Marathons and men

Instead of filing a police complaint or refusing to run the race in a sponsored marathon event, actress Gul Panag has gone to the media. Or else no one would know that she was groped. Her reason for highlighting the incident ought to reveal the genuine problems faced by women everyday, but what we see here is a diatribe against Delhi culture and story of personal bravery.

Since she was brushed against in an inappropriate manner at the starting point of the race where the crowd took advantage, there are chances of other women participants having experienced something similar. Had she raised an alarm and alerted the authorities, it would have probably resulted in some arrests.

“Against which one of the 400 odd people I was stacked with at starting point shall I file a complaint?”

It would have at least sent out a clear message. These marathons are for specific reasons/causes and participants often include celebrities who are roped in for their fame. The point is that the organisers need to be careful. Many changes in civic law have taken place when people have brought such incidents to notice as examples. She says:

“Of course I’ll run again. I am a fighter.”

What exactly has she fought against or for? It is also a bit odd when she states:

"I won't advocate running around the city to women in Delhi. When you are at a busy junction here, you won't know who has touched your butt or pressed your breasts. It has to be the ugliest experience for a woman, but here you have no choice but get used to it.”

There are a multitude of women who need to use public transport and the roads to walk and run. They have no choice. And I think people know what groping means so this explanation of where women get touched is wholly unnecessary when dealing with a sensitive issue.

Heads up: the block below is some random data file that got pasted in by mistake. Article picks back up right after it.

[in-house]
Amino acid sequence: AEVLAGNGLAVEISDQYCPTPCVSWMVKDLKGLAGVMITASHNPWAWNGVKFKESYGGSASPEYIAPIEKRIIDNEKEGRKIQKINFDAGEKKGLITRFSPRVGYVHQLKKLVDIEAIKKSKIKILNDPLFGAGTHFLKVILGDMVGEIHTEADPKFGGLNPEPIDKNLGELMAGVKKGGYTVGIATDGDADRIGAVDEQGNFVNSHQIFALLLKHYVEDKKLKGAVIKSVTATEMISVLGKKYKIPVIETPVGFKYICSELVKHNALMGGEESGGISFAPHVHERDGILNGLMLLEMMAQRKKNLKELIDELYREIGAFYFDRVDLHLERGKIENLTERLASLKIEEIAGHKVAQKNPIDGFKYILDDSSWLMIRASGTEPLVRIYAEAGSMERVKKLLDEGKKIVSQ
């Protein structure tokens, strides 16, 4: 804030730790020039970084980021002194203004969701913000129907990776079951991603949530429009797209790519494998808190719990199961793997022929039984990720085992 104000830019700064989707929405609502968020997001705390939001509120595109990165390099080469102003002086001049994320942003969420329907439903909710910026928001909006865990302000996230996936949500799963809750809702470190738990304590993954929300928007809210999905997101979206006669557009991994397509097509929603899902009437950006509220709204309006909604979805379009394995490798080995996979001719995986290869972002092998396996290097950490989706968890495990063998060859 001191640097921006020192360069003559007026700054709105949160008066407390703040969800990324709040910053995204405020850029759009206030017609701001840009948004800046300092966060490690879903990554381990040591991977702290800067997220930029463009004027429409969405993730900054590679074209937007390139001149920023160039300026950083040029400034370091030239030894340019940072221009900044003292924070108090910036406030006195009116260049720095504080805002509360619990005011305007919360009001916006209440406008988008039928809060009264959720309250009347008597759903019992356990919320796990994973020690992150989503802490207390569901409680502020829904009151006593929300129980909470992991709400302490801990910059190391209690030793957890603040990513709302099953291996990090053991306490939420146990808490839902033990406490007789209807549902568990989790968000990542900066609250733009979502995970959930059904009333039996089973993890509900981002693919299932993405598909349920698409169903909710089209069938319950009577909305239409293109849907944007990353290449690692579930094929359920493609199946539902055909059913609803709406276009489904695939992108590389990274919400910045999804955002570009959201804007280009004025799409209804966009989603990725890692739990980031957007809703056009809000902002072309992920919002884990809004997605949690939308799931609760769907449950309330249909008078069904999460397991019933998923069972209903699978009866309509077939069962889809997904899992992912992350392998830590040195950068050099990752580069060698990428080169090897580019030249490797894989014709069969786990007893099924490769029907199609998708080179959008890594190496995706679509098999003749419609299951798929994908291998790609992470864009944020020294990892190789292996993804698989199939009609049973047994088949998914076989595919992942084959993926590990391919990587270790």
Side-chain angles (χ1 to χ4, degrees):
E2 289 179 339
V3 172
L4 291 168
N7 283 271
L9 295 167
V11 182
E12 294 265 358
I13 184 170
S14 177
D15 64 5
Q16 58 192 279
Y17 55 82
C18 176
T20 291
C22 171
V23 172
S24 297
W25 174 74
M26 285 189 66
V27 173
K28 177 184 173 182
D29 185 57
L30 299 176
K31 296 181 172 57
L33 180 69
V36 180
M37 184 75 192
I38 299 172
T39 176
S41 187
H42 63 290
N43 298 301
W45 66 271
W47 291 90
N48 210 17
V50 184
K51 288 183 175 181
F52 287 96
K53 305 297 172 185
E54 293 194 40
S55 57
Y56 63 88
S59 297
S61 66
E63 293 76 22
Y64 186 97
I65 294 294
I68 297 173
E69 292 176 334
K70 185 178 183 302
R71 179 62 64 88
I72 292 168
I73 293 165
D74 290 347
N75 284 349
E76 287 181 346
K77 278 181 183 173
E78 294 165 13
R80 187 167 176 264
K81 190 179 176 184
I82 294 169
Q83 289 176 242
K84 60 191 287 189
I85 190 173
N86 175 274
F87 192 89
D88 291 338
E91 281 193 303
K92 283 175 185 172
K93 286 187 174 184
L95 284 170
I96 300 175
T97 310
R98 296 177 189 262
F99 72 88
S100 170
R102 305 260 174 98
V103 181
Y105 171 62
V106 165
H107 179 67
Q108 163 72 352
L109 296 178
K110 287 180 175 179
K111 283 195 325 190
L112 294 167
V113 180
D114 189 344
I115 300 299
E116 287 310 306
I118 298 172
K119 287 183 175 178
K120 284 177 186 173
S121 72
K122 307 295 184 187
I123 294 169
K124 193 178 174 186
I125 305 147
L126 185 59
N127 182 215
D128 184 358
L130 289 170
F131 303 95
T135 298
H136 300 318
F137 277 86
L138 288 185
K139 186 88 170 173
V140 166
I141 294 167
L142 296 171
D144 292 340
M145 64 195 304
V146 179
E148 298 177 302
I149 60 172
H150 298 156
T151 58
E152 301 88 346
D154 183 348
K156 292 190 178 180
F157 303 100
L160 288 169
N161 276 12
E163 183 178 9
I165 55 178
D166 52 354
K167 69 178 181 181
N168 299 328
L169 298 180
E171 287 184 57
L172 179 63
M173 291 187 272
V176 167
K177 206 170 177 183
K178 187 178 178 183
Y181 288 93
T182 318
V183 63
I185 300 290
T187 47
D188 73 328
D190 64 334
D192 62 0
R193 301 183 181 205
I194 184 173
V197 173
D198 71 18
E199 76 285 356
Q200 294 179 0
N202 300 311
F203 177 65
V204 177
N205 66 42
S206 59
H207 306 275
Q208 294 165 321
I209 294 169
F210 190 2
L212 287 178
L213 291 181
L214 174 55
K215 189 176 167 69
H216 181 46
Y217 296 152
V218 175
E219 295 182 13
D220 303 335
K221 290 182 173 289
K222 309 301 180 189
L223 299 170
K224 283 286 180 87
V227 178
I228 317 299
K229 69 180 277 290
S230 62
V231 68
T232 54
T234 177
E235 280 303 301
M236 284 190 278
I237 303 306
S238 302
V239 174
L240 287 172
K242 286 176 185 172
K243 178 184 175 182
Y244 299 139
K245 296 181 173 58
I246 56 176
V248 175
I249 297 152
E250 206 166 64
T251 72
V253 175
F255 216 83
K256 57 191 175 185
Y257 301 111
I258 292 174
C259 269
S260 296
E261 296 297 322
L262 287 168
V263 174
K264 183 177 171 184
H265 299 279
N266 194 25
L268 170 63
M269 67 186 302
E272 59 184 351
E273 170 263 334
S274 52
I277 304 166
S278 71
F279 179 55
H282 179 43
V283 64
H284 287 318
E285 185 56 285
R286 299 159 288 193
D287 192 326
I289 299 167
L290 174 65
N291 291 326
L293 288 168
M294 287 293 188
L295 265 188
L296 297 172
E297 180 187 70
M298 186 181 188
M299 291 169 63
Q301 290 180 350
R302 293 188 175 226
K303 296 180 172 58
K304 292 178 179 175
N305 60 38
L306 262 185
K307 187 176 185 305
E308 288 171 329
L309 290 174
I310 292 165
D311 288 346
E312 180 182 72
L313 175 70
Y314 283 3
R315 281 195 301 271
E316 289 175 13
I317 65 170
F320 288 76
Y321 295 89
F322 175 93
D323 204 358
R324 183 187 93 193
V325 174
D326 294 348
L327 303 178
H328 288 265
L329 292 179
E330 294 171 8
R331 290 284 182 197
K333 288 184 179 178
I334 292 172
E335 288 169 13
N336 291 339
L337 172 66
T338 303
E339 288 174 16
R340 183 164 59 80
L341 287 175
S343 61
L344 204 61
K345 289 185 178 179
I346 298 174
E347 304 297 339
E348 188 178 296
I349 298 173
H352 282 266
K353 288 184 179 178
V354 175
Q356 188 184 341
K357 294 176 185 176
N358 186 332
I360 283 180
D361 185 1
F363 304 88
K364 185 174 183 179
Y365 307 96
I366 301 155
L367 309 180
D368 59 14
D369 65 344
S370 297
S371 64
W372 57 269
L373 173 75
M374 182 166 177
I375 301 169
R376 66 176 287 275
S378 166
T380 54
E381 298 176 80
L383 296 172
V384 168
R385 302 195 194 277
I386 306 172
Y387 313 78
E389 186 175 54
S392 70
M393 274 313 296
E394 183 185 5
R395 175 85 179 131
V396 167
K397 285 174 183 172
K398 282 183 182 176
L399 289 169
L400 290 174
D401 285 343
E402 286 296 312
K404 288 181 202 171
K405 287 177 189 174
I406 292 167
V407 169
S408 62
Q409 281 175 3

Then there is this thing about Delhi. I always love to hear someone lambasting the city!

"I am not at all shocked by the instance. It is most likely to happen if you are in Delhi. I just wonder when it's going to change, the typical north Indian male mentality. Just by having pretty roads and good infrastructure at places, you cannot sit back with a Capital city that's totally unsafe. It is difficult being a woman in Delhi.”

It is, but there are women living and working there. The local trains in Mumbai aren’t exactly havens if you happen to travel in the general compartment. Crowded places aren’t much different here. Our police chowkies have been rape dens and there is sexual harassment in the workplace here too.

While I detest Delhi as an idea, and having worked there for a bit to know it well enough, I dislike the branding of men and women in regional or race terms. The north Indian male mentality would be evident then even among those who live elsewhere. And if the South, West and East do not suffer from such a mentality, then we should check out the figures of women-related crimes in these places. No paragons of virtue in those.

I do not know what the expose has achieved and there is still time for her to register a complaint. Perhaps the organisers can be pulled up. Unless the organisers must not be?

End note:

"Pope softens up on condoms"

I thought TOI had finally come up with a rather lovely headline, till I did a quick check and found that it was not original. Hard as it gets, eh?


  1. The part where she advises women not run/move about on the streets of Delhi...that is just horrible. Though nothing about this story is not horrible.

    On a similar note, a friend once related an anecdote about how, in a bazaar, a little kid was making tentative attempts at touching her butt. She had a hard time bringing herself to set him straight, so tiny was he.

  2. The anecdote you relate could be just a child acting up, depending on how young the kid was. But this is a problem faced by women everywhere.

    I am disappointed to read a comment by Ms Panag, supposedly from her tweet, that appeared in today's TOI edit page!

    "Will be groping back at next marathon."

    They even say it refers to her recent harassment. I mean, a good pun is good, but does anyone need to capitalise on such a horrendous personal experience? I thought she was a fairly articulate and sensible person from a couple of panel discussions on TV.


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